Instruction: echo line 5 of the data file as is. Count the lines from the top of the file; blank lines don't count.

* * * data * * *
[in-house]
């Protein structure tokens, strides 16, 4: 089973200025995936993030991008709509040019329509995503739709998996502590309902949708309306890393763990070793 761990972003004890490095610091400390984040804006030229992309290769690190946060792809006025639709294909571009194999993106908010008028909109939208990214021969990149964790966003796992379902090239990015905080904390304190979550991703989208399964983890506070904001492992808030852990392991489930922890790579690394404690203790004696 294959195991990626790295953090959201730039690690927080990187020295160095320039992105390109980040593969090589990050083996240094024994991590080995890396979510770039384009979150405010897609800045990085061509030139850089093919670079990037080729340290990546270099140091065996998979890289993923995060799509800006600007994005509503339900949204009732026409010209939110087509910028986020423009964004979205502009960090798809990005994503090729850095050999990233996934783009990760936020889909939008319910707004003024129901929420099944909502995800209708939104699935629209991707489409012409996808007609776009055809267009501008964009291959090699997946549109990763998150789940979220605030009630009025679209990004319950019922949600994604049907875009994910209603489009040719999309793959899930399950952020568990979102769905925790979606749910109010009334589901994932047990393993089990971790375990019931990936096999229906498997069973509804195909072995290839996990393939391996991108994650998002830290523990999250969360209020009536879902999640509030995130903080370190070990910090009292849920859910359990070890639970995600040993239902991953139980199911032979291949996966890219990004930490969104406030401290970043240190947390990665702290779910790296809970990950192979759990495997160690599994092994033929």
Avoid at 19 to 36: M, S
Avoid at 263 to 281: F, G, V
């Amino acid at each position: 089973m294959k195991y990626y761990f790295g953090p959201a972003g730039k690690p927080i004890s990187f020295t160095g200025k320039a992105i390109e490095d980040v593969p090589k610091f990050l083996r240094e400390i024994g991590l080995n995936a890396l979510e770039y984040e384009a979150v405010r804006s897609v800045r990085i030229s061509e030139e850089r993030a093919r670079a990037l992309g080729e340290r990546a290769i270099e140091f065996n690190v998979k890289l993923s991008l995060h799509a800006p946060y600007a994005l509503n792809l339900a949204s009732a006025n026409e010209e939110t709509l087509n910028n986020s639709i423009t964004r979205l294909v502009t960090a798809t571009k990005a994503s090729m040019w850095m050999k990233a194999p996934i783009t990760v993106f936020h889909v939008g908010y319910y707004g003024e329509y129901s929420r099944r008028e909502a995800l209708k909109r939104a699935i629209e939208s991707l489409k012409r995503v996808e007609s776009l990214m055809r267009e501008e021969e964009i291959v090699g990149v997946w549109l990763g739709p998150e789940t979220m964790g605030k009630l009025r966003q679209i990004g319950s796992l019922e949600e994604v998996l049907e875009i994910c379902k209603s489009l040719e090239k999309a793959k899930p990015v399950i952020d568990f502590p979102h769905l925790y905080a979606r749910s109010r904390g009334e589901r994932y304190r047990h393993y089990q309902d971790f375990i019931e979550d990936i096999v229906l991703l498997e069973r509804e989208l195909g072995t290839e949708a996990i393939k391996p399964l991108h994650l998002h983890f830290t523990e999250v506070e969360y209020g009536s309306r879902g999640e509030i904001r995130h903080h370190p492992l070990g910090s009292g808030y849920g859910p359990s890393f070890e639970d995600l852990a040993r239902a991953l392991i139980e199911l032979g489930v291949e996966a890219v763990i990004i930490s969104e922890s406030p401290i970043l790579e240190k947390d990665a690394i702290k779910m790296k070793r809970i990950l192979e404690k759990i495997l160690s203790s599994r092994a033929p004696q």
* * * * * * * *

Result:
């Amino acid at each position: 089973m294959k195991y990626y761990f790295g953090p959201a972003g730039k690690p927080i004890s990187f020295t160095g200025k320039a992105i390109e490095d980040v593969p090589k610091f990050l083996r240094e400390i024994g991590l080995n995936a890396l979510e770039y984040e384009a979150v405010r804006s897609v800045r990085i030229s061509e030139e850089r993030a093919r670079a990037l992309g080729e340290r990546a290769i270099e140091f065996n690190v998979k890289l993923s991008l995060h799509a800006p946060y600007a994005l509503n792809l339900a949204s009732a006025n026409e010209e939110t709509l087509n910028n986020s639709i423009t964004r979205l294909v502009t960090a798809t571009k990005a994503s090729m040019w850095m050999k990233a194999p996934i783009t990760v993106f936020h889909v939008g908010y319910y707004g003024e329509y129901s929420r099944r008028e909502a995800l209708k909109r939104a699935i629209e939208s991707l489409k012409r995503v996808e007609s776009l990214m055809r267009e501008e021969e964009i291959v090699g990149v997946w549109l990763g739709p998150e789940t979220m964790g605030k009630l009025r966003q679209i990004g319950s796992l019922e949600e994604v998996l049907e875009i994910c379902k209603s489009l040719e090239k999309a793959k899930p990015v399950i952020d568990f502590p979102h769905l925790y905080a979606r749910s109010r904390g009334e589901r994932y304190r047990h393993y089990q309902d971790f375990i019931e979550d990936i096999v229906l991703l498997e069973r509804e989208l195909g072995t290839e949708a996990i393939k391996p399964l991108h994650l998002h983890f830290t523990e999250v506070e969360y209020g009536s309306r879902g999640e509030i904001r995130h903080h370190p492992l070990g910090s009292g808030y849920g859910p359990s890393f070890e639970d995600l852990a040993r239902a991953l392991i139980e199911l032979g489930v291949e996966a890219v763990i990004i930490s969104e922890s406030p401290i970043l790579e240190k947390d990665a690394i702290k779910m790296k070793r809970i990950l192979e404690k759990i495997l160690s203790s599994r092994a033929p004696q």